“Investing to support the launch and growth of Black-owned businesses could build wealth for individuals and their families, assist with closing the wealth gap, revitalize communities and contribute to an overall healthier economy, which benefits us all. To do so, thoughtful and innovative approaches are required to overcome the exponential effects of the interplay among the wealth gap, the credit gap and the trust gap. While challenging, this is worth striving for so that we can move one step closer to an inclusive economy.” – Association of Enterprise Opportunity, The Tapestry of Black Business Ownership In America

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Remembering Dr. King

I first heard Dr. Martin Luther King Jr. speak in person on April 19, 1960, at Spelman College’s Sisters Chapel during my senior year in college.

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Monday Night Politics – Meet the Candidates forums for the Runoff Election

Monday Night Politics: Meet the Candidates, presented by The Dallas Examiner, will host two political forums for the Runoff Election.

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Video shows man before being shot by Texas deputy

A cellphone video of a sheriff’s deputy fatally shooting an unarmed Black man shows the man wandering in a Houston street with his pants around his ankles and continuing to approach the deputy as the officer tells him to stop.

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Blacks largely left out of high-paying jobs

Jonathan Garland’s fascination with architecture started early: He spent much of his childhood designing Lego houses and gazing at Boston buildings on rides with his father away from their largely minority neighborhood.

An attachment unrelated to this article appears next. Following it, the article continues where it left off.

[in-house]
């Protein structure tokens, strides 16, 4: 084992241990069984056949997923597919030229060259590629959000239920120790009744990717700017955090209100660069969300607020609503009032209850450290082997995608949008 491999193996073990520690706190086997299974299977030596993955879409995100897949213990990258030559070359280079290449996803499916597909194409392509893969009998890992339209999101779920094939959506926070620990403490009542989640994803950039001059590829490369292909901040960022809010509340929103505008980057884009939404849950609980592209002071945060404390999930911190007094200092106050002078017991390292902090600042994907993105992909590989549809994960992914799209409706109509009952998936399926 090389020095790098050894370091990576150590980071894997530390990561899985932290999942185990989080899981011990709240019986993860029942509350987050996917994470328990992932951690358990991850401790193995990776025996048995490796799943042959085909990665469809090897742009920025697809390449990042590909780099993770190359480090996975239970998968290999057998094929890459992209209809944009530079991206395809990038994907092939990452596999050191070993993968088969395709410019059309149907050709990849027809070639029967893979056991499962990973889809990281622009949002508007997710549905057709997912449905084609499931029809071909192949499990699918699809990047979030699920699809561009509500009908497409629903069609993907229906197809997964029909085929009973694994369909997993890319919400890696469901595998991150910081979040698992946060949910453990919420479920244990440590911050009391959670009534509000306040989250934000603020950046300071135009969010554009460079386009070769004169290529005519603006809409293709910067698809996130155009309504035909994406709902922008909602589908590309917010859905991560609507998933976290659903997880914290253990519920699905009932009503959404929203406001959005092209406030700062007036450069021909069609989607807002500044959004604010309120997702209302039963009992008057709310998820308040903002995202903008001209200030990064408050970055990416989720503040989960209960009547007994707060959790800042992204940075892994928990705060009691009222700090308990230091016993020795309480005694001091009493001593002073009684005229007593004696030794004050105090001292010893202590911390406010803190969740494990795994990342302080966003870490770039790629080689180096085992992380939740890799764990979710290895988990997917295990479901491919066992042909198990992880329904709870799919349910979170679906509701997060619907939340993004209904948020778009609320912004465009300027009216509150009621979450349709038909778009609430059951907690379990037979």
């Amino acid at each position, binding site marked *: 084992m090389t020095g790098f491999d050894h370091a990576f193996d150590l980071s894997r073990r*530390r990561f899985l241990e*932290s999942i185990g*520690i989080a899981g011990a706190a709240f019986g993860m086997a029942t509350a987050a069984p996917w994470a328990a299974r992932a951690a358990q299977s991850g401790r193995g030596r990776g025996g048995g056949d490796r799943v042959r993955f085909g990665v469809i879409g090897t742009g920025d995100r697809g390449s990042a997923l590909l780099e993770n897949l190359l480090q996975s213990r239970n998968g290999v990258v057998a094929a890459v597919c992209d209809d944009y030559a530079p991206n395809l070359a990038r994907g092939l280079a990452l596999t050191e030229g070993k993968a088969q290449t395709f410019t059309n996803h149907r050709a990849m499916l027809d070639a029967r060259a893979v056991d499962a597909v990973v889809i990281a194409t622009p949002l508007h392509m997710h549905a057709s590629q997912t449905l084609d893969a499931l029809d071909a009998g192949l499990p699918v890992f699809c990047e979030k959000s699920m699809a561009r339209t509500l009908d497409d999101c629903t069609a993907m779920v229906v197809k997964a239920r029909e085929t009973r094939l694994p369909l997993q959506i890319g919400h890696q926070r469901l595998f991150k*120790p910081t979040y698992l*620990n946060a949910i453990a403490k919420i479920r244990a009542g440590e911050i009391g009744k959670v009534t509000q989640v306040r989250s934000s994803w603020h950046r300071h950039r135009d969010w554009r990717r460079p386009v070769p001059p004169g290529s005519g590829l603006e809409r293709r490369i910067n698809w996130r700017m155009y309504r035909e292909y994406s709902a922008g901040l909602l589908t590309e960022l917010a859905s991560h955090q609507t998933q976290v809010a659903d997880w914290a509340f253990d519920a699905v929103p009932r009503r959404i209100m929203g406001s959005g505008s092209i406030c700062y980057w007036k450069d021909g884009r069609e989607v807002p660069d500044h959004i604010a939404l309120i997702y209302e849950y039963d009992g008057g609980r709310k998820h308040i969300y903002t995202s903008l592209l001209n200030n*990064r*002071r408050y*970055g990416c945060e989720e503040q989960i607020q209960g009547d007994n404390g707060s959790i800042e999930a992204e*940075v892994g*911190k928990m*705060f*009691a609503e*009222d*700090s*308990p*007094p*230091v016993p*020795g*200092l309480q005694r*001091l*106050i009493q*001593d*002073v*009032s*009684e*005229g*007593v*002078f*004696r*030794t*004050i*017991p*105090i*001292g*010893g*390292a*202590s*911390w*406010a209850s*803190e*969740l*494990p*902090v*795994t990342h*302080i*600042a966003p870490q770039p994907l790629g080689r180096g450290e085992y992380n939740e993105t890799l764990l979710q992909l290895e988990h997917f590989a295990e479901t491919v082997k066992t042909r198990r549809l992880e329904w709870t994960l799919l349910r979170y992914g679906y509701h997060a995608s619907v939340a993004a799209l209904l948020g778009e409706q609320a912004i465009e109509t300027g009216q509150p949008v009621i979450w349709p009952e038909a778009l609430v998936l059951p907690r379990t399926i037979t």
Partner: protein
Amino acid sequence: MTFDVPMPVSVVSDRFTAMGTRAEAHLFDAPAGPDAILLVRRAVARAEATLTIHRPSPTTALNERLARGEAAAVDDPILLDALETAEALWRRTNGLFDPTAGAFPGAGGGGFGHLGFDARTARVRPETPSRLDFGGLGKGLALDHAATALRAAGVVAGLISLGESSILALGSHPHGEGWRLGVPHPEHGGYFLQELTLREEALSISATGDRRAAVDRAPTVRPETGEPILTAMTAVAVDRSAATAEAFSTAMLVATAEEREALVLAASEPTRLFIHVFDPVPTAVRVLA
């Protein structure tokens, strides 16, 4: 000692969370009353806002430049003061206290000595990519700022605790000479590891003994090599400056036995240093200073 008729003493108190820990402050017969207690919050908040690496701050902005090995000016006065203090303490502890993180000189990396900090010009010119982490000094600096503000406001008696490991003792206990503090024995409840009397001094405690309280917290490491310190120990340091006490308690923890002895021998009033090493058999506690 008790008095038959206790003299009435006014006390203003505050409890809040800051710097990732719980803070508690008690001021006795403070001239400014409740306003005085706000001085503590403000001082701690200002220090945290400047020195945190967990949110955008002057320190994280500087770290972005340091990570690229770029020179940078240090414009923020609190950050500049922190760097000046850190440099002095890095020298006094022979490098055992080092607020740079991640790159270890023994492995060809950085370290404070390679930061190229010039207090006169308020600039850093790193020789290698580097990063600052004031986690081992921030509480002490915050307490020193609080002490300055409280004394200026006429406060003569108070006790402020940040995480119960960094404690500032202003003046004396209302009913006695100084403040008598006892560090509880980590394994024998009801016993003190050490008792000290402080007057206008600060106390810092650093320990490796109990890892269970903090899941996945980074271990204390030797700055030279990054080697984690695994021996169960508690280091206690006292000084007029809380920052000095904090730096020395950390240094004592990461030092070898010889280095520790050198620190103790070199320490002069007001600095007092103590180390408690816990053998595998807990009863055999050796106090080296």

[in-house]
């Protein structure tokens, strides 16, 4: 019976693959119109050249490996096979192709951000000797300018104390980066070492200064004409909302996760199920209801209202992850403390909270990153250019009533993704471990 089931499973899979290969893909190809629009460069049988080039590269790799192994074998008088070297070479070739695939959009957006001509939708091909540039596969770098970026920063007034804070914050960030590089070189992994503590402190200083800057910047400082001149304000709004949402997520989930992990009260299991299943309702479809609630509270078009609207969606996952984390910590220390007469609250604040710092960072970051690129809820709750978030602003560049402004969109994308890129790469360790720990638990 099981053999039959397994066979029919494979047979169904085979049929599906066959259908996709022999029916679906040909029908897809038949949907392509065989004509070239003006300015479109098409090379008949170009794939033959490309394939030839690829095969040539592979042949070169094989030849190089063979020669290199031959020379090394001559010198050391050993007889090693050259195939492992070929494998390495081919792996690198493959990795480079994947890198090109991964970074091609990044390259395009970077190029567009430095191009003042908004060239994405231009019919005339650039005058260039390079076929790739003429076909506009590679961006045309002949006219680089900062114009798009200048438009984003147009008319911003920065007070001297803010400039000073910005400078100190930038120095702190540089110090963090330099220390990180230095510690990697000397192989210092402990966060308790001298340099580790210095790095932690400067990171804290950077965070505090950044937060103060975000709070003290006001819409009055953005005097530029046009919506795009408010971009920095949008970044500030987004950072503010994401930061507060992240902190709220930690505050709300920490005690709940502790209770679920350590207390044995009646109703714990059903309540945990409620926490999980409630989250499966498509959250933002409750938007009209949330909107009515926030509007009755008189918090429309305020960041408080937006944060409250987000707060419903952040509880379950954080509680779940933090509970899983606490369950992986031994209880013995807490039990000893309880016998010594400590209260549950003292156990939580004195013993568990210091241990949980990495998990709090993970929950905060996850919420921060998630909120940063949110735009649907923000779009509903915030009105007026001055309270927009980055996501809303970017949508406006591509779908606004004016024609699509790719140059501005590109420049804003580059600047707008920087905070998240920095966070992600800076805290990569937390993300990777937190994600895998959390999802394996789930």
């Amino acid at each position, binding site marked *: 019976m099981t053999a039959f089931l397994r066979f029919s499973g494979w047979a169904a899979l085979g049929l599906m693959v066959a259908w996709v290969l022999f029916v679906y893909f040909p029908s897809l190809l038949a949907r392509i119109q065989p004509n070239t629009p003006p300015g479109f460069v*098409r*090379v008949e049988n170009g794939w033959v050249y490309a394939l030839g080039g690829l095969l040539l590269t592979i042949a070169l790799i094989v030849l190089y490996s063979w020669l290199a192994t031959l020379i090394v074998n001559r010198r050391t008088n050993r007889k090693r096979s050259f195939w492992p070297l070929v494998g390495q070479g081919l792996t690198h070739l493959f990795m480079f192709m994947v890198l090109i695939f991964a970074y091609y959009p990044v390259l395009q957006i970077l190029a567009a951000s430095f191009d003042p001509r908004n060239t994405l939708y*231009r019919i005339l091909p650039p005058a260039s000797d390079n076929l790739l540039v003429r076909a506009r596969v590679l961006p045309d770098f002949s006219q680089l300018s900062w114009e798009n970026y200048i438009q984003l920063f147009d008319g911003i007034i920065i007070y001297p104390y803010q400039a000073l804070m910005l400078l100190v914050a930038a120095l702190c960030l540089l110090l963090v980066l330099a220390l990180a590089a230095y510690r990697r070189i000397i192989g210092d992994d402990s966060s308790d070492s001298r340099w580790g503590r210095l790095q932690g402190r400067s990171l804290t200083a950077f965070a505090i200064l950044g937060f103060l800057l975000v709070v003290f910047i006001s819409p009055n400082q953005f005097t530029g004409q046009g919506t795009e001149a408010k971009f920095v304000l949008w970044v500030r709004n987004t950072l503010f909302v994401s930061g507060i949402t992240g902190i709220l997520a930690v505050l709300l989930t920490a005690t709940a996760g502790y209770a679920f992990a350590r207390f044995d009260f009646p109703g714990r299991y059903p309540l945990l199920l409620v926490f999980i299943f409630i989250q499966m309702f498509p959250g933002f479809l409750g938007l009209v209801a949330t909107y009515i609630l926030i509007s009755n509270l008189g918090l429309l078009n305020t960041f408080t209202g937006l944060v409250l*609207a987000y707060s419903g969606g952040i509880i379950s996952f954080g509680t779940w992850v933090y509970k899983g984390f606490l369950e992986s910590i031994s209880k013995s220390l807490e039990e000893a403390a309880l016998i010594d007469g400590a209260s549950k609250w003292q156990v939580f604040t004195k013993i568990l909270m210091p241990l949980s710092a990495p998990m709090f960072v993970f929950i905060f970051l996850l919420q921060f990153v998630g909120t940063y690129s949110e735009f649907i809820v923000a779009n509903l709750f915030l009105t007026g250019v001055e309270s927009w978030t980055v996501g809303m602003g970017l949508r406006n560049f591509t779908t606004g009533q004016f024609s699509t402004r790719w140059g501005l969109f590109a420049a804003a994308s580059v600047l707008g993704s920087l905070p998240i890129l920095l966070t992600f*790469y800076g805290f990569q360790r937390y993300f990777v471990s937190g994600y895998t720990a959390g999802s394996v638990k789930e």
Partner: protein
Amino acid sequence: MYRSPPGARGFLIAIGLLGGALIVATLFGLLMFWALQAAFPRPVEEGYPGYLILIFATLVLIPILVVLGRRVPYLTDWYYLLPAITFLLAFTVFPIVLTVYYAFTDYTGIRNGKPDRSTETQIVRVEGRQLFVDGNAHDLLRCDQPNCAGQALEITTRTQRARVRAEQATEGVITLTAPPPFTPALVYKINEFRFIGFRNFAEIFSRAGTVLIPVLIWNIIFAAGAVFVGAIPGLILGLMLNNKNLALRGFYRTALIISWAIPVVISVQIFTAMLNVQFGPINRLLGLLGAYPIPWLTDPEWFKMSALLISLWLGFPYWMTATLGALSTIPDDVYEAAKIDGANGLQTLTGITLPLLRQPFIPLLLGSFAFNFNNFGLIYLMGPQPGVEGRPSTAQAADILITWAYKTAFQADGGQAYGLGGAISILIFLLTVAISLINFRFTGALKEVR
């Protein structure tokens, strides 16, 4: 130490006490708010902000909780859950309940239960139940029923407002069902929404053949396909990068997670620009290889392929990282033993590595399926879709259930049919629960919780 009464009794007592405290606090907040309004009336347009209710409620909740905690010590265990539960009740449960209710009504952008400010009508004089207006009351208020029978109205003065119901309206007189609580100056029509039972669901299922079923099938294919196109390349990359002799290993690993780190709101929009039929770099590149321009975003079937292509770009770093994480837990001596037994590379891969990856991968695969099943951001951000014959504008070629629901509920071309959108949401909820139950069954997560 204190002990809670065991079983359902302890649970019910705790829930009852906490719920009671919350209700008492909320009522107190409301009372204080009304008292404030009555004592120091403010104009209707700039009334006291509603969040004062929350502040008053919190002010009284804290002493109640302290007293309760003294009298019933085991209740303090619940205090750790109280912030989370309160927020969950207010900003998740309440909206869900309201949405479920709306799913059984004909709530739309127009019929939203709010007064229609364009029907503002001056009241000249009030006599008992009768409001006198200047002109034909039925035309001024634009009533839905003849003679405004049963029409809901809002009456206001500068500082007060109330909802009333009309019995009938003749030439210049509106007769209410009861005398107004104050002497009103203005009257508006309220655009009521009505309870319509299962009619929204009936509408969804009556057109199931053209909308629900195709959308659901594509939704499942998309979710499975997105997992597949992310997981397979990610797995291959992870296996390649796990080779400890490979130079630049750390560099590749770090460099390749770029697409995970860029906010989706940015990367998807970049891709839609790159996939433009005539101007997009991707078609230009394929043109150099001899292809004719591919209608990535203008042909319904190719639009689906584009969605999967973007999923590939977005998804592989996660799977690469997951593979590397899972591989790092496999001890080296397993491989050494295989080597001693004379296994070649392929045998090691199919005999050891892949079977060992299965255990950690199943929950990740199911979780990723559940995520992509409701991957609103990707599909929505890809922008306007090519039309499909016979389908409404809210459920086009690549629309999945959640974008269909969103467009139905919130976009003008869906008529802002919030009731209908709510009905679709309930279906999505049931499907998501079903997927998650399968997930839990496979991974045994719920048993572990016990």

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NAACP spearheads lawsuit to overhaul plan for 2020 Census

The NAACP is spearheading a lawsuit filed Wednesday against the Census Bureau and President Donald Trump, saying the federal government is unprepared for the 2020 Census, which will lead to a massive undercounting of African Americans.

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Southwest Center Mall turns to city officials for help

Southwest Center Mall, formerly known as Redbird Mall, has called for help from Dallas city officials as plans for an outdoor multipurpose shopping area become solidified. After a series of ownership changes, local businessman Peter Brodsky took on the task to transform the Southern Dallas mall from a struggling retail chain to a thriving business September 2015.

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Southwest Black Art Show in South Dallas

The Southwest Black Art Show will present original art by artists of African descent, April 6 through 8 at the African American Museum, located in Historic Fair Park at 3536 Grand Ave. SWBAS was founded by artist Frank Frazier, along with a group of art educators, collectors and curators from North Texas in 2010. Each year, artists compete for prizes.

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Raise Your Glass Dallas

“Raise Your Glass Dallas,” a Boho Chic garden party presented by Sociologie Wine. It will be held April 15 from 1 p.m. to 6 p.m. at Texas Discovery Gardens, located at 3601 Martin Luther King Jr. Blvd. Dede McGuire of K104 FM’s Dede in the Morning show will serve as the event MC for the afternoon. “We are absolutely thrilled to present this premier spring wine-tasting event that will lift the community through cheers and celebration,” said Amy Hampton, founder of Sociologie Wine. “The day will be filled with wine, fashion and music, all while highlighting women-owned businesses and supporting charitable community partners and nonprofit organizations that benefit women and girls.”

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Let’s move forward together

In the spring of 1960, I was a senior at Spelman College in Atlanta and decided to help organize the civil rights student sit-in movement to desegregate lunch counters. I went to Atlanta City Hall to engage in our cause to end racial apartheid.